Posted by Shaggy076 on (December 21, 2012, 10:11 GMT)

Whizzer801 - Wade got picked when both Haddin and Paine were unavailable and did a great job in the west indies thus keeping his spot. Haddin has never been the best gloveman, Paine was but hasnt played enough good cricket since coming back from his two years of injury.

Posted by dunger.bob on (December 21, 2012, 9:40 GMT)

@ the Prior guys,

Early in his late starting Test career Gilchrist carved up Waquar, Wasim and a young and lightning fast Akhtar with Saqlain providing the spin. He put on a double ton stand with Langer of which he supplied 149 no. It was the fourth innings and we were 5 for not many chasing 300+ and it was at Hobart on a pitch that was worse than the one that the last test was on. In two and a bit sessions he pretty much single handedly blasted us to an incredible victory. .. over the years he did it time and time again. .. Prior may be good, but is he really THAT good?

Posted by Ayush_Chauhan on (December 21, 2012, 9:20 GMT)

@hatsforBats awesome answer, but in @mikey's defence, maybe he recently started watching cricket...u can hear all you want, you believe what you see...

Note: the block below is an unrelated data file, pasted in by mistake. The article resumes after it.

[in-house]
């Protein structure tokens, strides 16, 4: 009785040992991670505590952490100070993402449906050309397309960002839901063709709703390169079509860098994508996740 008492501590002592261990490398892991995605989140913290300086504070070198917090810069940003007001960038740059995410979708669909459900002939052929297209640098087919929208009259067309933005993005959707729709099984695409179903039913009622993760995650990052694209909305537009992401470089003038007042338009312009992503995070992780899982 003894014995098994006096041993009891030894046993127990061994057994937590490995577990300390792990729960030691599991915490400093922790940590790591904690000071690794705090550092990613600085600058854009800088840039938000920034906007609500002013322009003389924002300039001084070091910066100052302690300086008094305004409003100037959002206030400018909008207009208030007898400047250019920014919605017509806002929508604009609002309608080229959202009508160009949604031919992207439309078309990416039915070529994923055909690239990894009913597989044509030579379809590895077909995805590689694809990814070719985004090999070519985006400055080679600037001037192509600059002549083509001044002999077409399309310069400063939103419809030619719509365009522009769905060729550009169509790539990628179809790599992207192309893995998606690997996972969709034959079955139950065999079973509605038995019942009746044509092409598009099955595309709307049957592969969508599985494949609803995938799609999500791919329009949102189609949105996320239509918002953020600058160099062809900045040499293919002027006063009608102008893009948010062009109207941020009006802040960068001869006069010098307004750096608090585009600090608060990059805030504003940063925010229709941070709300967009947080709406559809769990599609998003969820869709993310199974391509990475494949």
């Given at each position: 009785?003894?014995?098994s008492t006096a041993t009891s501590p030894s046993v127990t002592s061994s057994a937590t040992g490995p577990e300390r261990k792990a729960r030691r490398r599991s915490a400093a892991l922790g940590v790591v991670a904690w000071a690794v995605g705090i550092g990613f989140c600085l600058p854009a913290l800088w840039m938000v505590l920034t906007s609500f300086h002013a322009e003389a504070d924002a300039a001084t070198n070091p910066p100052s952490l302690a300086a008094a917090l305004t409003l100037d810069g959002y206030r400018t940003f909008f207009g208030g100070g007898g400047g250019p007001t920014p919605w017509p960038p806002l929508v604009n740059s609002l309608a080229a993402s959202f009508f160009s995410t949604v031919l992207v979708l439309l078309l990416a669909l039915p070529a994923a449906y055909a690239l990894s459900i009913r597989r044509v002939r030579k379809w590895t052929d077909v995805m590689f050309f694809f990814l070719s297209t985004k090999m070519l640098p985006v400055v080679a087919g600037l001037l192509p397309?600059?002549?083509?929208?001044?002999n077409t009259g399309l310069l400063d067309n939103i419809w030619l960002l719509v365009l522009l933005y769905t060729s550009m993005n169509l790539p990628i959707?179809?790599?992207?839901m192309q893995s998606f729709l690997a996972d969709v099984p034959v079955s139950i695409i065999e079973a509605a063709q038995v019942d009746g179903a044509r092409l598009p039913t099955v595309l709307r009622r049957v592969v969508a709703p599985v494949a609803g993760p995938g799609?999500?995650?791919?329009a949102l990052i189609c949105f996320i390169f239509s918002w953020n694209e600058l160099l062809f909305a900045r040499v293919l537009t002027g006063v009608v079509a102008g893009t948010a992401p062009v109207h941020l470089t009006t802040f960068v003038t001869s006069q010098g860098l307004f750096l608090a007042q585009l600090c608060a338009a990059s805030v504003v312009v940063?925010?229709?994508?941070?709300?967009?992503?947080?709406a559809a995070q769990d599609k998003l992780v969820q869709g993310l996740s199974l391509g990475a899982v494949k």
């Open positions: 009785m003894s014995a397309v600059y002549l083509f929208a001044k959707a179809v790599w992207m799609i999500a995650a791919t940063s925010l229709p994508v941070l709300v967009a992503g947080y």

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Brydon CoverdaleClose
Brydon Coverdale Assistant Editor Possibly the only person to win a headline-writing award for a title with the word "heifers" in it, Brydon decided agricultural journalism wasn't for him when he took up his position with ESPNcricinfo in Melbourne. His cricketing career peaked with an unbeaten 85 in the seconds for a small team in rural Victoria on a day when they could not scrounge up 11 players and Brydon, tragically, ran out of partners to help him reach his century. He is also a compulsive TV game-show contestant and has appeared on half a dozen shows in Australia.